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Humanity falls deeper into ecological debt: study
by Staff Writers
Paris (AFP) Sept 20, 2011

Humankind will slip next week into ecological debt, having gobbled up in less then nine months more natural resources than the planet can replenish in a year, researchers said Tuesday.

The most dominant species in Earth's history, in other words, is living beyond the planet's threshold of sustainability, trashing the house it lives in.

At its current pace of consumption humankind will need, by 2030, a second globe to satisfy its voracious appetites and absorb all its waste, the report calculated.

Earth's seven billion denizens -- nine billion by mid-century -- are using more water, cutting down more forests and eating more fish than Nature can replace, it said.

At the same time, we are disgorging more CO2, pollutants and chemical fertilizers than the atmosphere, soil and oceans can soak up without severely disrupting the ecosystems that have made our planet such a comfortable place for homo sapiens to live.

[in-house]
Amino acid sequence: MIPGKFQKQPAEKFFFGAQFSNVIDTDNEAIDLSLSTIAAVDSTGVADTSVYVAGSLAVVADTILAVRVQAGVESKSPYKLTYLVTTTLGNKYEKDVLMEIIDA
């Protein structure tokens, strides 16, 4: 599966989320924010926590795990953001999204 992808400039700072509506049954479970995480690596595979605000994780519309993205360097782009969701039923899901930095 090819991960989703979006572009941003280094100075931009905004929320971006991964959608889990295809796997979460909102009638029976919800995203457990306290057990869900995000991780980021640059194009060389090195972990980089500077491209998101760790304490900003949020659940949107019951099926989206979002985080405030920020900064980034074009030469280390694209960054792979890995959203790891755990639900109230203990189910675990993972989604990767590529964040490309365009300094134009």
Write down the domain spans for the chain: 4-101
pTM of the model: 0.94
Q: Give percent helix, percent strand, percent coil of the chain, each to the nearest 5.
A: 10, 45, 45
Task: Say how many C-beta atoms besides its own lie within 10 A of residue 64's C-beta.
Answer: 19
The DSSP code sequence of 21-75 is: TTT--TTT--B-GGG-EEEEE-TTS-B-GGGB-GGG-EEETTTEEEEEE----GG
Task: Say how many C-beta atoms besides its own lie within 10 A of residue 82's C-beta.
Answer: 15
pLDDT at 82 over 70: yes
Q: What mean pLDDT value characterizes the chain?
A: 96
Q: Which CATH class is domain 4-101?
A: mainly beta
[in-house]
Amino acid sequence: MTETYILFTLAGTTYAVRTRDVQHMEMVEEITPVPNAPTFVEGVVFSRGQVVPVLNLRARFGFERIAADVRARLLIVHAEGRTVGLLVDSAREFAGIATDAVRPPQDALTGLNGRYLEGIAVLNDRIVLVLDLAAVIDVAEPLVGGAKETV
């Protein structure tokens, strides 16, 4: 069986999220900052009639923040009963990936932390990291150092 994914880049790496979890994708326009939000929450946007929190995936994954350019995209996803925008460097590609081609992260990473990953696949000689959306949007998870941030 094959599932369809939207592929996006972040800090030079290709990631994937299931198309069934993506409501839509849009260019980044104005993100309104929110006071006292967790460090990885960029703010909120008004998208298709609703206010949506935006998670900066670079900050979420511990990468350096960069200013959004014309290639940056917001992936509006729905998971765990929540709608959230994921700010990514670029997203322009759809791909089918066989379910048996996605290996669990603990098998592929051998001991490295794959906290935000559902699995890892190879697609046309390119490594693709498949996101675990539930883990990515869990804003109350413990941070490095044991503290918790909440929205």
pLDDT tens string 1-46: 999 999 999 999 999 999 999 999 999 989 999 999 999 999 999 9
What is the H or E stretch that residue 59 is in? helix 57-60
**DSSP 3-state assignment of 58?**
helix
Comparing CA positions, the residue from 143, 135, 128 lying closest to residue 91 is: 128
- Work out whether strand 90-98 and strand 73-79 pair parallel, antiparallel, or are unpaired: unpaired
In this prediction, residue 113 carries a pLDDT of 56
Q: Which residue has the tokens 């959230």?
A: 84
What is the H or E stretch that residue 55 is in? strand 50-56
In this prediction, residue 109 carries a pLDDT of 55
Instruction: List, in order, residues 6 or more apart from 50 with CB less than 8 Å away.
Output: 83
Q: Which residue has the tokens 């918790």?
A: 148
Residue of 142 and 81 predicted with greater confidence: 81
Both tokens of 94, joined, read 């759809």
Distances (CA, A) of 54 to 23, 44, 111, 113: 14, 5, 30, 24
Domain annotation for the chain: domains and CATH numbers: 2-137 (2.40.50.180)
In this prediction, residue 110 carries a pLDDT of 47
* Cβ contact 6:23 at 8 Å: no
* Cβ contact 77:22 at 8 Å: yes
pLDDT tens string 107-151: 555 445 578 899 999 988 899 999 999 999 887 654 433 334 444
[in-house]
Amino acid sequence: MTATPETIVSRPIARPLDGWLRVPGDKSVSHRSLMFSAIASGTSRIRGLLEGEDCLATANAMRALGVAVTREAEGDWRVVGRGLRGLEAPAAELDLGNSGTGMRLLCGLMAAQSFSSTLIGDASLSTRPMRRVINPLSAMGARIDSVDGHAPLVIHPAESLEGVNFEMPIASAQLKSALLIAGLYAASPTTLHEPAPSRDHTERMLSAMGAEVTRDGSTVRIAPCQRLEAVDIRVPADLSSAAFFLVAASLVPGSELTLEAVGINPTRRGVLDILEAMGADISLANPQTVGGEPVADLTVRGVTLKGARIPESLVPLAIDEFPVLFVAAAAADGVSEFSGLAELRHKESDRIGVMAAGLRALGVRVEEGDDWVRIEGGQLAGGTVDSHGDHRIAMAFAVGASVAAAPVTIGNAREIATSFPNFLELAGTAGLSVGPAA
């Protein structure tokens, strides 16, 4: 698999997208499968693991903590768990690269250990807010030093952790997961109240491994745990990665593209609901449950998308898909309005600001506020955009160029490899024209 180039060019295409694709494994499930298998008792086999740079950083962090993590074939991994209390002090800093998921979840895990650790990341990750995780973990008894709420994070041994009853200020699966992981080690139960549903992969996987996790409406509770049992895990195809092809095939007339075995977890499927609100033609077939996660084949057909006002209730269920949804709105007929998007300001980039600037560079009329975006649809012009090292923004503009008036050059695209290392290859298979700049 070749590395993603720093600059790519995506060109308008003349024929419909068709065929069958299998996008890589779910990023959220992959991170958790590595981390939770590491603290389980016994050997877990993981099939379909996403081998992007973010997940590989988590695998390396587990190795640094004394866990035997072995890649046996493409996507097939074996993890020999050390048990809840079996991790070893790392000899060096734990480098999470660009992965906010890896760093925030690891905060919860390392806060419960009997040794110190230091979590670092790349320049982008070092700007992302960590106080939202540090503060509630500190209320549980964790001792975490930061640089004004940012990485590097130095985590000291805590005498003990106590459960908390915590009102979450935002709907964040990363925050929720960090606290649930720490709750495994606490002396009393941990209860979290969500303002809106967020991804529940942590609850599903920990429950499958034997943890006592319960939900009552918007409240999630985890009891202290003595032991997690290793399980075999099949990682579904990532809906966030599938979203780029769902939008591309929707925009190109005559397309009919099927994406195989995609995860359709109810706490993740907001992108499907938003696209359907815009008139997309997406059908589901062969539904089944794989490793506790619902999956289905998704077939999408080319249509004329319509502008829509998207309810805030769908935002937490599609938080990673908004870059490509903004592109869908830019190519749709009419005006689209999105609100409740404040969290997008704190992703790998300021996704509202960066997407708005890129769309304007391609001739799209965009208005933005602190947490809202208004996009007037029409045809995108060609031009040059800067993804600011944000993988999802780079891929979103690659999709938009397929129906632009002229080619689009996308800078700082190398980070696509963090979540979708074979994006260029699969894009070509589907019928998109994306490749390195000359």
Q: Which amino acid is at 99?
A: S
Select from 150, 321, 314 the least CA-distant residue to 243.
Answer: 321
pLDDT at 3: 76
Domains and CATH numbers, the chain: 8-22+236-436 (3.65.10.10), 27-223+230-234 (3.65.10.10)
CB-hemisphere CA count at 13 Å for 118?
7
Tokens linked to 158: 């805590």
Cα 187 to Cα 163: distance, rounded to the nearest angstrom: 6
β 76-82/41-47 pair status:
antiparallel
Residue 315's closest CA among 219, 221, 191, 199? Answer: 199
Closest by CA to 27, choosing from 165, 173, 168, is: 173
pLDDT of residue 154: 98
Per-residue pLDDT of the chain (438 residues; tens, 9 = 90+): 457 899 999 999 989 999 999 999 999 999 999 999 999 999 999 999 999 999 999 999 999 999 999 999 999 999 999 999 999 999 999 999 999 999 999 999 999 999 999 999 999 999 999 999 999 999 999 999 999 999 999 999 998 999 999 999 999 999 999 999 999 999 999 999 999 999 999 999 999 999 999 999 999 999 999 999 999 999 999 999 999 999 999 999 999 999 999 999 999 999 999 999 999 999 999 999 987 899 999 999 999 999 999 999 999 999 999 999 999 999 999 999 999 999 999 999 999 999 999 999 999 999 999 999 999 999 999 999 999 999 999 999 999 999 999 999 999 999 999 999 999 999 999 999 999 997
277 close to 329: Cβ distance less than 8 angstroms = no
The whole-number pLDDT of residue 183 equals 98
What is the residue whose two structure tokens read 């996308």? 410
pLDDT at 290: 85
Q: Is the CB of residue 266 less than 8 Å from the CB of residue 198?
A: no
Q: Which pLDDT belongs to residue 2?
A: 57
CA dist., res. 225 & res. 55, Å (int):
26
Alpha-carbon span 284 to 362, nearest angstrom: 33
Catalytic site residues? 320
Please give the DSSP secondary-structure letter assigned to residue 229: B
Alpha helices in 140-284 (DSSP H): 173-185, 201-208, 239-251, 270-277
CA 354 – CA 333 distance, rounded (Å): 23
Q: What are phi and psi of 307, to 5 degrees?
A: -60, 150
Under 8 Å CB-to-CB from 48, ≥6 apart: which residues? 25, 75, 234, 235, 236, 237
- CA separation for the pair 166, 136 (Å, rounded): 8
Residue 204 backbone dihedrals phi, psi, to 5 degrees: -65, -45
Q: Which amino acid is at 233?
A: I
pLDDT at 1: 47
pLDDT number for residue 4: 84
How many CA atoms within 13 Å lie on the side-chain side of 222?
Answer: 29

Counting down from January 1, the date when human activity exceeds its budget -- dubbed "Earth Overshoot Day" -- had receded by about three days each year since 2001.

The tipping point into non-sustainability happened sometime in the 1970s, said the Oakland, California-based Global Footprint Network, which issued the report.

This year, researchers estimate that the equivalent of Earth's resource quota will be depleted on September 27.

"That's like spending your annual salary three months before the year is over, and eating into savings year after year," Global Footprint Network President Mathis Wackernagel said in a statement.

"Pretty soon, you run out of savings."

Even as Earth's capacity to host our ever-expanding species diminishes, the demands on "ecosystem services" -- the term scientists use to describe Nature's bounty -- continues to grow.

"From soaring food prices to the crippling effects of climate change, our economies are now confronting the reality of years of spending beyond our means," Wackernagel said.

UN chief Ban Ki-moon earlier this month said sustainable development now tops the global agenda of issues demanding urgent action.